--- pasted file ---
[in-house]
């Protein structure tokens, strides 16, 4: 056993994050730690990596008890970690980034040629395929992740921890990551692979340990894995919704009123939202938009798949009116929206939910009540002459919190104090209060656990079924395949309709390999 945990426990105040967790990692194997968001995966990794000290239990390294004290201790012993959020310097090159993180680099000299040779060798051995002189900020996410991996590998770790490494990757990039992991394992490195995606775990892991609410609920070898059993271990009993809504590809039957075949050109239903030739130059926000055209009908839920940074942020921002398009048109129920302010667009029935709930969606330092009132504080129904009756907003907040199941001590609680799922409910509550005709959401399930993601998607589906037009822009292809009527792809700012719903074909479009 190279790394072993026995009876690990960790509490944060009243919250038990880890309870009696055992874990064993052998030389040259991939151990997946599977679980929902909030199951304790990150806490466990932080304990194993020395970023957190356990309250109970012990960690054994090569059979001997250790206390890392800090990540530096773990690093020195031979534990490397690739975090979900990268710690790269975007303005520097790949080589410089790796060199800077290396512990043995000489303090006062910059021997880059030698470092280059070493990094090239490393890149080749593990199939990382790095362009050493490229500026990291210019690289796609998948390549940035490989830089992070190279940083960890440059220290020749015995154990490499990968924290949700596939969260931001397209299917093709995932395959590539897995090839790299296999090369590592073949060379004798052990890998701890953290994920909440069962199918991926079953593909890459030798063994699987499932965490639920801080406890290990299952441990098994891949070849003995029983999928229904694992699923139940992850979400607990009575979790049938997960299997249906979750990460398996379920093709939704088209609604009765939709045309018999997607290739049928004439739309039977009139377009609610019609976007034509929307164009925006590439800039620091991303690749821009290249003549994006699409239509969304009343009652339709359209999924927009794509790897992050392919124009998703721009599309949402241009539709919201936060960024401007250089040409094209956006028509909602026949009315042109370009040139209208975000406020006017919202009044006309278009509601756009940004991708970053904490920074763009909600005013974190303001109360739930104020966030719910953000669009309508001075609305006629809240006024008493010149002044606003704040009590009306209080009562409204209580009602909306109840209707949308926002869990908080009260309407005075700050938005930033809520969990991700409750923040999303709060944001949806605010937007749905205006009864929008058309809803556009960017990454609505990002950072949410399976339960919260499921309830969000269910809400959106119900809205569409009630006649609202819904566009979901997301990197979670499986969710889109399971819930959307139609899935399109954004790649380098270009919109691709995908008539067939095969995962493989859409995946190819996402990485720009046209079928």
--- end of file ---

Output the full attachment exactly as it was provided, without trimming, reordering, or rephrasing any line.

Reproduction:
[in-house]
């Protein structure tokens, strides 16, 4: 056993994050730690990596008890970690980034040629395929992740921890990551692979340990894995919704009123939202938009798949009116929206939910009540002459919190104090209060656990079924395949309709390999 945990426990105040967790990692194997968001995966990794000290239990390294004290201790012993959020310097090159993180680099000299040779060798051995002189900020996410991996590998770790490494990757990039992991394992490195995606775990892991609410609920070898059993271990009993809504590809039957075949050109239903030739130059926000055209009908839920940074942020921002398009048109129920302010667009029935709930969606330092009132504080129904009756907003907040199941001590609680799922409910509550005709959401399930993601998607589906037009822009292809009527792809700012719903074909479009 190279790394072993026995009876690990960790509490944060009243919250038990880890309870009696055992874990064993052998030389040259991939151990997946599977679980929902909030199951304790990150806490466990932080304990194993020395970023957190356990309250109970012990960690054994090569059979001997250790206390890392800090990540530096773990690093020195031979534990490397690739975090979900990268710690790269975007303005520097790949080589410089790796060199800077290396512990043995000489303090006062910059021997880059030698470092280059070493990094090239490393890149080749593990199939990382790095362009050493490229500026990291210019690289796609998948390549940035490989830089992070190279940083960890440059220290020749015995154990490499990968924290949700596939969260931001397209299917093709995932395959590539897995090839790299296999090369590592073949060379004798052990890998701890953290994920909440069962199918991926079953593909890459030798063994699987499932965490639920801080406890290990299952441990098994891949070849003995029983999928229904694992699923139940992850979400607990009575979790049938997960299997249906979750990460398996379920093709939704088209609604009765939709045309018999997607290739049928004439739309039977009139377009609610019609976007034509929307164009925006590439800039620091991303690749821009290249003549994006699409239509969304009343009652339709359209999924927009794509790897992050392919124009998703721009599309949402241009539709919201936060960024401007250089040409094209956006028509909602026949009315042109370009040139209208975000406020006017919202009044006309278009509601756009940004991708970053904490920074763009909600005013974190303001109360739930104020966030719910953000669009309508001075609305006629809240006024008493010149002044606003704040009590009306209080009562409204209580009602909306109840209707949308926002869990908080009260309407005075700050938005930033809520969990991700409750923040999303709060944001949806605010937007749905205006009864929008058309809803556009960017990454609505990002950072949410399976339960919260499921309830969000269910809400959106119900809205569409009630006649609202819904566009979901997301990197979670499986969710889109399971819930959307139609899935399109954004790649380098270009919109691709995908008539067939095969995962493989859409995946190819996402990485720009046209079928």